Zumba while hot-flashing? Exercise was hard enough before menopause – The Guardian

It’s like I fell asleep in the tropics and woke in the Sahara. With constant overheating, swimming is my main exercise joy
Navigating menopause is challenging enough without having to add exercise to the mess. With the constant threat of overheating looming over my fuzzy head, I have to choose my activities wisely. Power-walking before sundown is a pointless venture – I need a cold shower before I’m even out the door – and the very thought of SoulCycle (admittedly, I’m still a bit unclear on the concept) induces enough hot-flashing to burn off my lunch without getting on a bike.
I’ve managed to vehemently deny getting stiffer with age, challenging friends who suggest “It’s just part of menopause” until suddenly – what on earth? – I can’t touch my toes and I’m hobbling to the loo in the wee hours, hunched and grumbling to myself about why the hell at 53, I’m hobbling.
More disconcerting is that I’m using “hunched”, “grumbling” and “hobbling” in the same sentence – three words I hadn’t hoped to use for another few decades.
As if being stalked by AARP isn’t bad enough, now all this? I’ve always fancied myself in pretty decent shape – “mildly athletic”, even. Have I been delusional all along?
It’s like I fell asleep in the tropics and woke up in the Sahara without an ounce of lubrication left in my body (except for the copious amount of tears that dispense themselves freely at the sign of anything remotely cute or cuddly on Instagram).
Help! I’m stranded in the menopausal desert and heaven help me if I see a baby camel – it’s game over.
So, basically, cardio on land is out (at least in summer), along with alcohol and caffeine (theoretically), although those “menopausal bans” have yet to be put in effect. Baby steps.
Upon hearing me lament about my rapidly expanding midriff sizing me out of yet another pair of overpriced jeans, the guy scanning my gym card suggested I take a cardio class.
‘You should try Zumba; it’s good for your core,” he says.
Is he nuts? I’m menopausal, I think. As if I don’t sweat enough 24-freakin’-7 with my hormonal flushing.
“Zumba? I’d rather leap out of an airplane,” I say. “At least there’d be a cool breeze.”
He’s confused and rightfully so; he looks about 16 and probably wouldn’t know a hot flash from a rotary phone.
“Or you can do Bikram,” he goes on. “You’ll work up a good sweat.”
Hot yoga? No way in hell I’d sign up to overheat (and most likely pass out) with a bunch of strangers who are paying money to sweat. If only I could donate a few liters to their cause. Not to mention that the ability to touch my toes has gone out the window with all the collagen I’m apparently losing, so the thought of doing yoga feels like climbing Everest.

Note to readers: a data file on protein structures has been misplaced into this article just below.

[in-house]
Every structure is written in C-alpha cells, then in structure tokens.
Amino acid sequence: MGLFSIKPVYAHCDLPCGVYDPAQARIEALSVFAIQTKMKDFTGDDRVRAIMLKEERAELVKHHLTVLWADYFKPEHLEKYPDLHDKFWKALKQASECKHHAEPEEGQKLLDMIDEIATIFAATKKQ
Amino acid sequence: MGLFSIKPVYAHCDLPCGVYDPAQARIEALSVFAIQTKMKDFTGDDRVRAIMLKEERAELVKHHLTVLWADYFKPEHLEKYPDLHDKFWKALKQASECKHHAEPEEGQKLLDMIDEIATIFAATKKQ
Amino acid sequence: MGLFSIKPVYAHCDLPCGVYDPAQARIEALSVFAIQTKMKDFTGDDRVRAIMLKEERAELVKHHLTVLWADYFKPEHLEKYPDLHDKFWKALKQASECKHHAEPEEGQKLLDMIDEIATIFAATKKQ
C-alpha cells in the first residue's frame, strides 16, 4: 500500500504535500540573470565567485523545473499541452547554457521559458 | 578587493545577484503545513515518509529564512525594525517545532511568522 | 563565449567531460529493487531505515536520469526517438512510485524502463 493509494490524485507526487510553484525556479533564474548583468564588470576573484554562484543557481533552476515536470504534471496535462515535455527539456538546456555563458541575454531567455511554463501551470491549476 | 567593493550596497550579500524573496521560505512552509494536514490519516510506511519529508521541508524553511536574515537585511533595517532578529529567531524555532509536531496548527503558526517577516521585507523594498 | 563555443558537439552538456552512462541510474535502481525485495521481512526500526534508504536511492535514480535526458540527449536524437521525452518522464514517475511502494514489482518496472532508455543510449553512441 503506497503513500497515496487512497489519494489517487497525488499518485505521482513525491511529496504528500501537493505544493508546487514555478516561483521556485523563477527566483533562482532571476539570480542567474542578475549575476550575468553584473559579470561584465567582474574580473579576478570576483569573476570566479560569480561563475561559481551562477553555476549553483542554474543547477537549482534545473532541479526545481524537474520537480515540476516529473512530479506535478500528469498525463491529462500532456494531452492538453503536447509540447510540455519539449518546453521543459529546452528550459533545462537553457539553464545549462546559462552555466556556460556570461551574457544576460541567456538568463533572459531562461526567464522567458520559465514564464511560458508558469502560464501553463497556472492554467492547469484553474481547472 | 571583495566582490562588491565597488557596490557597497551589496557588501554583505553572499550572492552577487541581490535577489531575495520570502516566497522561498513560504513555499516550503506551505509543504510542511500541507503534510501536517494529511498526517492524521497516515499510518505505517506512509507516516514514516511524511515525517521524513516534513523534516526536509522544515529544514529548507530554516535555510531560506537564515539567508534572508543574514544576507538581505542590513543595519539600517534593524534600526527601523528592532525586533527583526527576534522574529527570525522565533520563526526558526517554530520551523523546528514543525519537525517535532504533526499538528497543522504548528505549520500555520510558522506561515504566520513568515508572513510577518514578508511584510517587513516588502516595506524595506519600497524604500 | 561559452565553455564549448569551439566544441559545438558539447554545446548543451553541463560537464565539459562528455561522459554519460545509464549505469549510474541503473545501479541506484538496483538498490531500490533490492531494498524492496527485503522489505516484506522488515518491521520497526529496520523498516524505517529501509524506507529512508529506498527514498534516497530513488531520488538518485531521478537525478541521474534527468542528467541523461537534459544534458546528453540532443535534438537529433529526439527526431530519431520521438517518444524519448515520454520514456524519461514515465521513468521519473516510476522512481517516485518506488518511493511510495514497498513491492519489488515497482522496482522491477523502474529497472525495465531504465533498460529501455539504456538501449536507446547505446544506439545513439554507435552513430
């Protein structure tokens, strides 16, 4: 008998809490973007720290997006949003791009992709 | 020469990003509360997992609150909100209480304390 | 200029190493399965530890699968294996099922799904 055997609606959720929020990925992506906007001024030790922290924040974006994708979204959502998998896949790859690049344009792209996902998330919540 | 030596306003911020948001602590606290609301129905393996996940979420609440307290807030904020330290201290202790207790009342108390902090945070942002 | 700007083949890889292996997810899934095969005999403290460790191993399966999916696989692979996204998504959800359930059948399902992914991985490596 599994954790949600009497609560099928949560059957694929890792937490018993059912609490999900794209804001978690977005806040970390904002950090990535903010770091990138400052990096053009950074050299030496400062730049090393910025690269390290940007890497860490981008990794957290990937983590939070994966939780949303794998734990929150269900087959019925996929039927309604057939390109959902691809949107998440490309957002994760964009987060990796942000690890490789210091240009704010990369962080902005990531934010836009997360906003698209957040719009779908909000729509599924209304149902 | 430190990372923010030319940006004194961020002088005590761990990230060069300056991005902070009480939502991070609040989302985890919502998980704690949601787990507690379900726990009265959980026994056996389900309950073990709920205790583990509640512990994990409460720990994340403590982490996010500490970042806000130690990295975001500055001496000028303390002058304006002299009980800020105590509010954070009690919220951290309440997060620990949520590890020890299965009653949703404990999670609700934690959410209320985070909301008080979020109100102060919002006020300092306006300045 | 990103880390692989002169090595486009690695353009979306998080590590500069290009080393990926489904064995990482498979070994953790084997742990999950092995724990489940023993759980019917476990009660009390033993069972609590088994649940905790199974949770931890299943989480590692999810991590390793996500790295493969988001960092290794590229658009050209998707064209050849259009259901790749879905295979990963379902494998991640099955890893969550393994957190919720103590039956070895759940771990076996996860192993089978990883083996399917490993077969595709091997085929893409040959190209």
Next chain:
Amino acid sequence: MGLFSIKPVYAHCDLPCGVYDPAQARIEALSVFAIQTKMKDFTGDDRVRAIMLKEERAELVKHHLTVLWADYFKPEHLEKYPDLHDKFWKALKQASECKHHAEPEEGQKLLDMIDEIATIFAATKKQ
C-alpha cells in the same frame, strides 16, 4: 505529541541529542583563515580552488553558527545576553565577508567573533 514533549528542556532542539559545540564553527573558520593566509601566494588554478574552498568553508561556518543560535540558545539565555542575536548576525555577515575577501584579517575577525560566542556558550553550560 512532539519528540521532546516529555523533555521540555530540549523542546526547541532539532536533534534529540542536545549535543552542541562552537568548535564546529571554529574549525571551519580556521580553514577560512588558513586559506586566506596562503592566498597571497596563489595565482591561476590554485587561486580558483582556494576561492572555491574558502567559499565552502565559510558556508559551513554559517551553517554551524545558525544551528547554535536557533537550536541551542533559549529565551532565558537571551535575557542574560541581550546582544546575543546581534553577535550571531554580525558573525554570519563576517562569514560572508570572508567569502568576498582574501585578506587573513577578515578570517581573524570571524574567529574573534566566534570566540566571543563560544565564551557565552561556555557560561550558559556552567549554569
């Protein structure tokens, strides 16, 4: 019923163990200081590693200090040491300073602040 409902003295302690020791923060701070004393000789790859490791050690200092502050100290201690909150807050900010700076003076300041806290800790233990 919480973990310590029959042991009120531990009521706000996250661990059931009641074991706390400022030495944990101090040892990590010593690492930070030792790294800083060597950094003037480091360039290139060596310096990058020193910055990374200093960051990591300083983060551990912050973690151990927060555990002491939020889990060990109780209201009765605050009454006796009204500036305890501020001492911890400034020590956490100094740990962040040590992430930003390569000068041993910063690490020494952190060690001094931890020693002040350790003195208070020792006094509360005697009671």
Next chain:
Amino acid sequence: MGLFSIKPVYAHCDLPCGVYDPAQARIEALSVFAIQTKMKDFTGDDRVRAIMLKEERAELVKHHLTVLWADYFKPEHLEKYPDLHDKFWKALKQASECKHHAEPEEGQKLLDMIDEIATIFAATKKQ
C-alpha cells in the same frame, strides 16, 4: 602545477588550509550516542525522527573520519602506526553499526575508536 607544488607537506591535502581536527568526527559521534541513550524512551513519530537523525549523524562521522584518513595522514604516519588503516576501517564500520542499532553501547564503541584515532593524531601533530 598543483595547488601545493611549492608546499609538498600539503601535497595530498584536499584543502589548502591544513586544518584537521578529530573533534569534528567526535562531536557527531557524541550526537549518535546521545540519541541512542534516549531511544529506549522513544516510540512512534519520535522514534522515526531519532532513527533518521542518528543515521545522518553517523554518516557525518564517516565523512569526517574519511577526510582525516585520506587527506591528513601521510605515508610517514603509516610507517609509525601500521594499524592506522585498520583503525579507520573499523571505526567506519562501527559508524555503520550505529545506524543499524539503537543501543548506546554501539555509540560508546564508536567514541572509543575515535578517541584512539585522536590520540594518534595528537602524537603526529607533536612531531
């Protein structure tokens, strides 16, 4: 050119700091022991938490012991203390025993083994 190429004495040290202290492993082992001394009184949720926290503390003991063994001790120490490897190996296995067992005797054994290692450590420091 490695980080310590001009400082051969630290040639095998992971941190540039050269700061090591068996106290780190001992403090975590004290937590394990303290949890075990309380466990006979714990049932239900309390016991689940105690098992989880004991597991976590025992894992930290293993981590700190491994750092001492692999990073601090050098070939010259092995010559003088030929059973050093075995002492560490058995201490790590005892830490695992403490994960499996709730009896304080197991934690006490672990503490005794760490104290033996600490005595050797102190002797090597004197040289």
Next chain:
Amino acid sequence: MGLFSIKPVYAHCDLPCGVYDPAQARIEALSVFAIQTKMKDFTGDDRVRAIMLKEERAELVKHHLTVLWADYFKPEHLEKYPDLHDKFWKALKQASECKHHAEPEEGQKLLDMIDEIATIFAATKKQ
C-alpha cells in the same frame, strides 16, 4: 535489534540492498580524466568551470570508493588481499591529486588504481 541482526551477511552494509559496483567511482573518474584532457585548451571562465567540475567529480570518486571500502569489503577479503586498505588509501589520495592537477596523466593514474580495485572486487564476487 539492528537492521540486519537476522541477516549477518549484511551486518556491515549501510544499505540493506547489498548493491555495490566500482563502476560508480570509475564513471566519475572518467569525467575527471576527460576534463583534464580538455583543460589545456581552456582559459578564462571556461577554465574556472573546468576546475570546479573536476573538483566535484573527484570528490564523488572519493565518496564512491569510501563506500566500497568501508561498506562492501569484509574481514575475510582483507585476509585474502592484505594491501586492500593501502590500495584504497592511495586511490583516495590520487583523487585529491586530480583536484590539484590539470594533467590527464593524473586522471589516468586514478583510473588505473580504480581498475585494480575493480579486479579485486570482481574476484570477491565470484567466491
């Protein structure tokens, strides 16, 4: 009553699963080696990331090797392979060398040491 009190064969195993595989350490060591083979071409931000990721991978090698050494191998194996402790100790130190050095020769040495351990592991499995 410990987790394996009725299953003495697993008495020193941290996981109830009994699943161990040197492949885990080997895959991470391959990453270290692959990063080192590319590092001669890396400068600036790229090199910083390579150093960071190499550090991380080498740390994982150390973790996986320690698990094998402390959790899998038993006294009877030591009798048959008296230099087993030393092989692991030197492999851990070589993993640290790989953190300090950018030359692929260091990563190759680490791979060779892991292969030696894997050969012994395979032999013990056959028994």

“No thanks,” I say. “I’ll stick to swimming.”
My mom taught me how to swim before I could even walk, and in the throes of menopause I couldn’t be more grateful. Until she was diagnosed with a brain tumor, she swam a mile a day – before coffee, or tea, or toast, and sometimes, before sunrise.
Believe me, I’d love nothing more than to jumpstart my day with a cold plunge (the colder the better), but between the hot-flashing and the cold-sweating keeping me wired all night like a caffeinated squirrel, I tend to wake up too exhausted to boil water, let alone exercise.
It took long enough, but it finally hit me – apart from teaching me to be water-safe (to float and to tread), my mom taught me to appreciate how swimming makes me feel. Like my grandmother dishing up chicken soup at the slightest hint of a sniffle, my mom touted swimming as a mental cure-all, adopting the mantra “Just go swimming, Shanti, it’ll make you feel better” as the opener for a plethora of maternal pep talks meant to nudge me out of my own way.
God bless her patience: I was an anxious child – prone to nail-biting, stomachaches and the occasional panic attack. I was apprehensive about almost everything in life except – thanks to my mom – water. I still am.
For the longest time after she passed away, I didn’t swim. We spent so much time in the pool together that I couldn’t bear the thought of going in without her, and for the first time in my life, I was afraid of the water. While grief commandeered my existence, I avoided the one thing that I knew she would have told me to do: “Just go swimming, Shanti, it’ll make you feel better.”
Her maternal instinct was right and eventually, I returned to the water.
Although I’ve never shared my mom’s enthusiasm for a pre-caffeinated workout (I’m working on it), she succeeded in planting the swimming seed deep in my psyche. It took menopause and enough tears to fill an Olympic-sized pool (another perk of swimming is that you can cry in your goggles and nobody is the wiser), but after a rather lengthy germination period, it’s finally taken root.
Hallelujah. When it comes to menopause, swimming is a godsend. At the rate I overheat these days, water has proven to be the most effective “hormonal surge protector”, apart from sticking my head in the freezer, which results in unnecessary snacking.
I wouldn’t put it past a hot flash to weasel its way into the water, but so far, the pool has been the only place those sneaky bastards don’t find me.
Shanti L Nelson is a writer and photographer


Originally posted 2023-11-18 04:30:55. Republished by Blog Post Promoter